United nations to assist in Bougainville mine remediation

Rio Tinto’s Panguna copper mine will get help from the United Nations Environment Program (UNEP) to deal with its environmental problems.

The UNEP’s Geneva-based disaster risk reduction branch will compile terms of reference for remediation.

They will also help compile environmental analysis so Bougainvilleans can contemplate if they want the mine resurrected.

The public is gradually for the reopening of the mine but many people who witnessed the civil war are sceptical.

Australian National University’s Associate Professor Don Anton said environmental criteria have to be met regardless of the decision.

He believes the mine should reopen with stringent conditions, and he wants payments to be made so the Bougainvillean government can set up an independent environmental section, which can supervise and look over the mine.

"It is clear we should have a rigorous environmental impact assessment with full public participation, full disclosure, full opportunity to comment," he said.

"We should have, in terms of approvals, conditions imposed upon the operation of these mines if they were to go forward again, including the requirement for insurance, remediation bonds and other security put up to account for problems that may eventuate down the track."  

Former Papua New Guinea Prime Minister Sir Michael Somare blamed Rio Tinto and its subsidiary Bougainville Copper for a civil war in 2011.

The mine in the Papua New Guinea’s Island of Bougainville was shut in 1989 after it ignited the civil war in the island.

But since then mine tailings has been contaminating the surrounding environment.

The mine has many buildings with asbestos and some of the measuring instruments have radioactive matter, the ABC reports.

Senior lecturer in Environmental Engineering at Monash University Dr Gavin Mudd said this has been an ongoing issue.

“There’s a lot of acid mine drainage that is leaving the site, there is also tailings going down the river. And the acid mine drainage of course has extremely high levels of metals,” Mudd said.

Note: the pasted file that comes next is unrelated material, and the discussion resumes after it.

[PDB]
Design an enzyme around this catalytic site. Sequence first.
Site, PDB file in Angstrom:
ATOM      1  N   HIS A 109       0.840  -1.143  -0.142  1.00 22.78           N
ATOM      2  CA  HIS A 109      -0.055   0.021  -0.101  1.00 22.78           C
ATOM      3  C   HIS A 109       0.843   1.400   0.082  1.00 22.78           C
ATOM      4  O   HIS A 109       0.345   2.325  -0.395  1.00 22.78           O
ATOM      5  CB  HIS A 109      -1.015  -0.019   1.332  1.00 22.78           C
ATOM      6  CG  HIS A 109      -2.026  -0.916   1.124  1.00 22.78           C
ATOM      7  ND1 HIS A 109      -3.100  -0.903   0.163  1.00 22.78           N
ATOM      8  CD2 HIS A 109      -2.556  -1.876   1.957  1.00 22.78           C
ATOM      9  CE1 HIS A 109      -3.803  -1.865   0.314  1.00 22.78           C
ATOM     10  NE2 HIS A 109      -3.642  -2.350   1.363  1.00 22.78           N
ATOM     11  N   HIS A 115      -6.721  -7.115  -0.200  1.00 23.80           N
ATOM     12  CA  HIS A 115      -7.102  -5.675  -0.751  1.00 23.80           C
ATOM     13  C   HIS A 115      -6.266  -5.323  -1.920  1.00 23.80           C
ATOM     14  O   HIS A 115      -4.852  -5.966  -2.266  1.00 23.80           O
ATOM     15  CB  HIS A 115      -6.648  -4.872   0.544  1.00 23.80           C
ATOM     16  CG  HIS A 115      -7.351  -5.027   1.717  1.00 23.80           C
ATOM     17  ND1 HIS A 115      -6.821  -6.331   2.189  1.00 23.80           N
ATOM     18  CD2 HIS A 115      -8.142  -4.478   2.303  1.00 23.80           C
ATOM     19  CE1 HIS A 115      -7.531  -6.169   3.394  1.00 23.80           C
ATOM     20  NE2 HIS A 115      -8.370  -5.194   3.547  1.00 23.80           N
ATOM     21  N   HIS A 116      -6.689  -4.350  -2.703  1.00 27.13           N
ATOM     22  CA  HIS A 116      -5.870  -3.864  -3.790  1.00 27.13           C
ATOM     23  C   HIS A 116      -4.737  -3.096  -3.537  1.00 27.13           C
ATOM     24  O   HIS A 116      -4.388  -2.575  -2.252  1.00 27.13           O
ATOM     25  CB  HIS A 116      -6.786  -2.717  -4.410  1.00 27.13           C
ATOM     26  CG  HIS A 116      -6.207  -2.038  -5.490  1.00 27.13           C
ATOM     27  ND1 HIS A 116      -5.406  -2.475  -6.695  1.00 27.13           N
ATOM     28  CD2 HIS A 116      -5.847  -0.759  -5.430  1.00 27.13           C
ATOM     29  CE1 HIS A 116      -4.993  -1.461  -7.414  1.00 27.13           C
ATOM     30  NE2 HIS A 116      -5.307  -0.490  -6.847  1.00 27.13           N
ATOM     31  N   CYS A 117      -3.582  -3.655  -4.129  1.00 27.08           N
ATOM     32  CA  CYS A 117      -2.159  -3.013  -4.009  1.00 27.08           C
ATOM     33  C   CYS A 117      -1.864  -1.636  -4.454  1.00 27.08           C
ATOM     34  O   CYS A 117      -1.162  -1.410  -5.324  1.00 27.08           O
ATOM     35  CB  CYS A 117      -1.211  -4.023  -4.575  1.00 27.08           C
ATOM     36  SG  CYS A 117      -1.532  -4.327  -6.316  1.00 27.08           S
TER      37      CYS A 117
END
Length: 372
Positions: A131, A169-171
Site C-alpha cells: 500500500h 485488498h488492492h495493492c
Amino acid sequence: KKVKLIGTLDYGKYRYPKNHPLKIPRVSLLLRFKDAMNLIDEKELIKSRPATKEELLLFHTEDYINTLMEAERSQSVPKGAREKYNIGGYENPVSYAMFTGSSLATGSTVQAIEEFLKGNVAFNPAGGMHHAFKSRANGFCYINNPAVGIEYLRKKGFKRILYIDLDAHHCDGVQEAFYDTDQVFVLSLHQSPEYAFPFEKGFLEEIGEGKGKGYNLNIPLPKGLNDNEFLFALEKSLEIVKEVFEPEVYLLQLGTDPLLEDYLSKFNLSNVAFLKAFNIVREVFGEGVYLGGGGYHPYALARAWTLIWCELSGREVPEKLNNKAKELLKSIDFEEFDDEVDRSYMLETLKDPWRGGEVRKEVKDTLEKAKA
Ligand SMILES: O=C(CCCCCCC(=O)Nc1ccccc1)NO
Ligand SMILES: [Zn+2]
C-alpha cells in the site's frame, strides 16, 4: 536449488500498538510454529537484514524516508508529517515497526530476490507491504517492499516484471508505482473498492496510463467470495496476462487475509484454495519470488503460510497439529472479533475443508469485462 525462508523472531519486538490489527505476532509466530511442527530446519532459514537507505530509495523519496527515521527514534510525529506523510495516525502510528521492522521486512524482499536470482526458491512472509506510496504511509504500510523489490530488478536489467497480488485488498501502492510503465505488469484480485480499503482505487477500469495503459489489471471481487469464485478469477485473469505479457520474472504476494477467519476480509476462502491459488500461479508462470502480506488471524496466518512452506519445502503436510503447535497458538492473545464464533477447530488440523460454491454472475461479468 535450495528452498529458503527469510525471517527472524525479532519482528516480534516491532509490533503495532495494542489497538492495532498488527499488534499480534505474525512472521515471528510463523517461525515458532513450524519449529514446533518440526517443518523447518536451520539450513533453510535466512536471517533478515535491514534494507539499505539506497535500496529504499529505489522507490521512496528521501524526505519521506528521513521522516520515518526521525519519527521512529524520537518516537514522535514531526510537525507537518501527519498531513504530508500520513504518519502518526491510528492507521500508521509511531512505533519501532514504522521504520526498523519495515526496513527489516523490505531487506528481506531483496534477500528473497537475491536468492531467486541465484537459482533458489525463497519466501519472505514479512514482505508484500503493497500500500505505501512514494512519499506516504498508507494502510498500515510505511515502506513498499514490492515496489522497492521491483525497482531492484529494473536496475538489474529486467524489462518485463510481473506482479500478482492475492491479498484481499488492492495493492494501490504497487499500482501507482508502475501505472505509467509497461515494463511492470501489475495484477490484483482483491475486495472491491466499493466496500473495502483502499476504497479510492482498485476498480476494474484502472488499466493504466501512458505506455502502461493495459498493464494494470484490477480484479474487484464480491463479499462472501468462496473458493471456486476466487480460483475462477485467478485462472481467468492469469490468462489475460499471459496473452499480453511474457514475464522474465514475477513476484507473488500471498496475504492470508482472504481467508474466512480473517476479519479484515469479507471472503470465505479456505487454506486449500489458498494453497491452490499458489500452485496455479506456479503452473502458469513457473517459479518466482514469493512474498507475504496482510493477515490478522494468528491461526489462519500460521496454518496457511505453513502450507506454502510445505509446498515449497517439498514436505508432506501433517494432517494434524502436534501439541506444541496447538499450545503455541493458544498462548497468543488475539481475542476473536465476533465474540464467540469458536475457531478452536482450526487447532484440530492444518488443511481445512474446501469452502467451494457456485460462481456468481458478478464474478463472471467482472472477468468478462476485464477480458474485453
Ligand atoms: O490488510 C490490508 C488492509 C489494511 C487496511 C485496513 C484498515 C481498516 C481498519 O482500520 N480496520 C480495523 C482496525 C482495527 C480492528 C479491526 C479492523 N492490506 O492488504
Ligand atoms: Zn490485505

Anton said UNEP is well equipped to handle the situation due to experience in dealing with similar problems.

“It is a very significant development (UNEP getting involved) in the sense that we have an independent, a proven independent third party coming in to look at a very contentious situation,” Anton said.

“It has been involved in other rehabilitation programs, like the Mau forest eco system in Kenya, it has experience in remediation after hostilities, after Iraq and depleted uranium in Bosnia, so it has experience and a well respected track record in dealing with environmental problems.”

Mudd believes the cleanup will be costly and complex. He predicts it could cost $1 billion or more.

“I’d imagine you would be looking at hundreds of millions of dollars, if not billions. It is really hard to know exactly,” Mudd said.

“It depends on the logistics involved and there is a whole bunch of complex factors involved in that so the simple message is it is not going to be cheap. Whichever level of remediation is done at Bougainville, it is certainly going to be a very costly exercise.”

Bougainville Copper is legally accountable for remediation.

Bougainville President John Mornis recently accused a Chinese company of making an invalid deal with landowners to gain access to the Panguna copper mine.

He said Beijing Aerospace Great Wall Mineral Investment gained access through illegal means.

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